Bottom line: each book is an adventure, especially in the case of fiction (and even with some nonfiction, unless the subject matter is something boring like "theory of statistics"). Unless a reader has peeked ahead (and what reader hasn't at times committed this literary "sin"?), or found out the details of the plot through Wikipedia or a review with way too many spoilers, a book essentially remains an unfolding mystery, surprising and delighting (or not delighting) the reader as the pages are turned. (Hmmmm.... "As the Page Turns"....sounds like the PERFECT title for a bookish soap opera....) At times, the adventure leads to great enjoyment and exhilarationl; at other times, it just peters out somewhere along the way. So reading entails some risk, albeit not of the type that will result in real, bodily injury. That there IS some risk, though, is undeniable. There's the risk of being disappointed. There's the risk of feeling SO mad at the author that one wants to do violence to the book (as I stated in a previous TBLD post, I would NEVER go that far). There's the risk of wasting one's money and time on a book that will never be a beloved member of one's personal library.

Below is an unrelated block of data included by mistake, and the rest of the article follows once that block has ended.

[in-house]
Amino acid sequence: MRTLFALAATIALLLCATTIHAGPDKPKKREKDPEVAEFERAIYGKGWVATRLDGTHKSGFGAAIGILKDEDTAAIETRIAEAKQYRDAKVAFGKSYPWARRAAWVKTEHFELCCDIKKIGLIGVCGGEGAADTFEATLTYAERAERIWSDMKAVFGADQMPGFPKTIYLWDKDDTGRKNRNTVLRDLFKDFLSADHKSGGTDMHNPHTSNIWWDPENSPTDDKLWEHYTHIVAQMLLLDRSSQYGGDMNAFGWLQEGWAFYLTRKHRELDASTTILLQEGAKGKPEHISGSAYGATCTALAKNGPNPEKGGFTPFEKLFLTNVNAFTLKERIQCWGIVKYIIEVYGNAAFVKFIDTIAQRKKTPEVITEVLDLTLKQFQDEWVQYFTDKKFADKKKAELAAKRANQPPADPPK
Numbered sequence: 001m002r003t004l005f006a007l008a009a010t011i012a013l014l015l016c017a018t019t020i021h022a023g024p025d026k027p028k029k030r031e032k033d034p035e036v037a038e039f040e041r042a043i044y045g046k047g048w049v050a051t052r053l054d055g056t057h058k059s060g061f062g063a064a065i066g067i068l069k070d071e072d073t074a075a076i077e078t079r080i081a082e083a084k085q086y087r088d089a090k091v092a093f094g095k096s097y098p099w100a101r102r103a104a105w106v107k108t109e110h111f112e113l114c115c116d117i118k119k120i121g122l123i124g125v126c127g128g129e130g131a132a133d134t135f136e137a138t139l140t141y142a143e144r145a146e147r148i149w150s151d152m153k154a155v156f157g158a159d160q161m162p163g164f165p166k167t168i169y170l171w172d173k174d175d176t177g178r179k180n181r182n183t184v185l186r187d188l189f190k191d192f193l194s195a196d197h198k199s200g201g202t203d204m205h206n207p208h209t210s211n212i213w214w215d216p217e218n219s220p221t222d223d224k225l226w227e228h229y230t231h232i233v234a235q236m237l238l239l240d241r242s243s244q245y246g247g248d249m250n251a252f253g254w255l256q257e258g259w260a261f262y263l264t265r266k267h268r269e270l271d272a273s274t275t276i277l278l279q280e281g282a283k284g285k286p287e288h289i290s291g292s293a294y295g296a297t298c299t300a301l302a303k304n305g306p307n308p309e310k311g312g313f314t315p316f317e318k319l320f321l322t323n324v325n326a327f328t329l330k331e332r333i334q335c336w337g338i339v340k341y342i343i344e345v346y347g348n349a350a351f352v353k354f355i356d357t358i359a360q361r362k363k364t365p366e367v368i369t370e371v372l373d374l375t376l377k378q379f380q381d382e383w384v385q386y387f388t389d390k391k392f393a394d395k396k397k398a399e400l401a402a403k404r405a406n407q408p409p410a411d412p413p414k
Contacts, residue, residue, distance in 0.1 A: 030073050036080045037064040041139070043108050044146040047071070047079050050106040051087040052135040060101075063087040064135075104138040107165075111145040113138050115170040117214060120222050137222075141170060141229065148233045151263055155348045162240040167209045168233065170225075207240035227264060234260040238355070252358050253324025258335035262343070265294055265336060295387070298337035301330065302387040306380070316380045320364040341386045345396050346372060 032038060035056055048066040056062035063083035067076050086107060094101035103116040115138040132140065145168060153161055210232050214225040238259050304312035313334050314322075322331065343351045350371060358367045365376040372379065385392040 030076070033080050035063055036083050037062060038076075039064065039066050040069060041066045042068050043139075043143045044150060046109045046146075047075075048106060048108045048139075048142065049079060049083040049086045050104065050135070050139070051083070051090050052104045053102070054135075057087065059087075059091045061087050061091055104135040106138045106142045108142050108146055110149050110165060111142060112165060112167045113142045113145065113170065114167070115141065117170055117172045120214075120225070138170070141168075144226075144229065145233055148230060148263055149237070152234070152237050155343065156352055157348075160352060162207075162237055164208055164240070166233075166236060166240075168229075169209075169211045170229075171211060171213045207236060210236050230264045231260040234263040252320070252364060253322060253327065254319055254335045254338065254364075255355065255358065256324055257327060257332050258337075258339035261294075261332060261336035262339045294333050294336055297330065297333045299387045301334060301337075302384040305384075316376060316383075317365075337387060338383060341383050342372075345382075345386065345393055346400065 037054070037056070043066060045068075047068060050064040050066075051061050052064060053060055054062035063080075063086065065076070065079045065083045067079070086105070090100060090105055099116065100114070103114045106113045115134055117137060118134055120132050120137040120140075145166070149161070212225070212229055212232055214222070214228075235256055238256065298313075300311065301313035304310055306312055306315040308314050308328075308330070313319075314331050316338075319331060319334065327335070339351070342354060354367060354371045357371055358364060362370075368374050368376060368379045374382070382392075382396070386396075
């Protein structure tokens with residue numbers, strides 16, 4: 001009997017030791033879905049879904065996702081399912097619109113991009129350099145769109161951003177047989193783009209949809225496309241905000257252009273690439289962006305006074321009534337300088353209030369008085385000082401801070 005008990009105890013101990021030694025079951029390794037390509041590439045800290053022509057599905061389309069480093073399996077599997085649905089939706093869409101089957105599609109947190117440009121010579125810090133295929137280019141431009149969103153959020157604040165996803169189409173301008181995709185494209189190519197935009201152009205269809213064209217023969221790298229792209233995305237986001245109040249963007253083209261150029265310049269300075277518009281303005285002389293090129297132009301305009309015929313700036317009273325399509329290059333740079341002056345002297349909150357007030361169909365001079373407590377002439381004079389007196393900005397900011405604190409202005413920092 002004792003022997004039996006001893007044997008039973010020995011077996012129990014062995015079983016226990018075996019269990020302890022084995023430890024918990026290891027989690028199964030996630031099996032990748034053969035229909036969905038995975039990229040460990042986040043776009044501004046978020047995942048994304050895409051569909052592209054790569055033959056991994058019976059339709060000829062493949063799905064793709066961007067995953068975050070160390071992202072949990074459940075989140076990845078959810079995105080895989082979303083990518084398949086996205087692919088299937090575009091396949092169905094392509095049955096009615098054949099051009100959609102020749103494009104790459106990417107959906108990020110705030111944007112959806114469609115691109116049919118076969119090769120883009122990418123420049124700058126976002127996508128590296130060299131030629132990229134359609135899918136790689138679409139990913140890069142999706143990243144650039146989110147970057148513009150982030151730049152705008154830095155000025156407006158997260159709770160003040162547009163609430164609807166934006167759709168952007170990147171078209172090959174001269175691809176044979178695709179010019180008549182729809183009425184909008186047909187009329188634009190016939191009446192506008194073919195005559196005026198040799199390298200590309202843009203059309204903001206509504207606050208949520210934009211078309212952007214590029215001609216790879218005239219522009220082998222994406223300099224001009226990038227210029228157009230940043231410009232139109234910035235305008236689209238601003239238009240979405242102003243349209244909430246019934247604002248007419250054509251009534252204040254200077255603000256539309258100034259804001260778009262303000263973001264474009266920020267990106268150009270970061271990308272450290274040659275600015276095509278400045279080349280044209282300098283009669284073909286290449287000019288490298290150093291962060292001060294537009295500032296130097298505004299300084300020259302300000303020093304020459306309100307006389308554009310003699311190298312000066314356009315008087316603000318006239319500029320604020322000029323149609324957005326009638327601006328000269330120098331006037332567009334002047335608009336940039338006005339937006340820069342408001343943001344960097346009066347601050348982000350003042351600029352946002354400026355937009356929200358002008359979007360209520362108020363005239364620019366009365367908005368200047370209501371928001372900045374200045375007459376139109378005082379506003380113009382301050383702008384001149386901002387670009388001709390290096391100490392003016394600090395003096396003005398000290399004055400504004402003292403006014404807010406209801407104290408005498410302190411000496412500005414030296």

Are these risks worth taking? Absolutely. Because we addicted bookworms keep picking up books, in the eternal hope of finding one that will click with us, that will make us sing for joy, even if only in a low voice, or in our heads. And so we continue to "take the plunge", to open those covers and dare to see what lies beyond.... We risk it all, we risk the chance of sighing, "Meh....", in hopes of coming across a book that will make us say instead, "Now WHY hadn't I read THIS one before?!"

What are your thoughts on
 this topic?
Please leave me a comment
and let me know!


  1. This is another great post Maria. In addition to its many virtues your writing style is so good and genuine.

    You make so many good points. I will just add that I differentiate between books that I value, but I cannot say that I love because bad things happen to the characters verses books that fall short being good because of flaws.

    Books that I cannot say that I love because they are too disturbing but I recognize as great art include George Orwell’s Nineteen Eighty - Four and Frank Herbert’s The White Plague.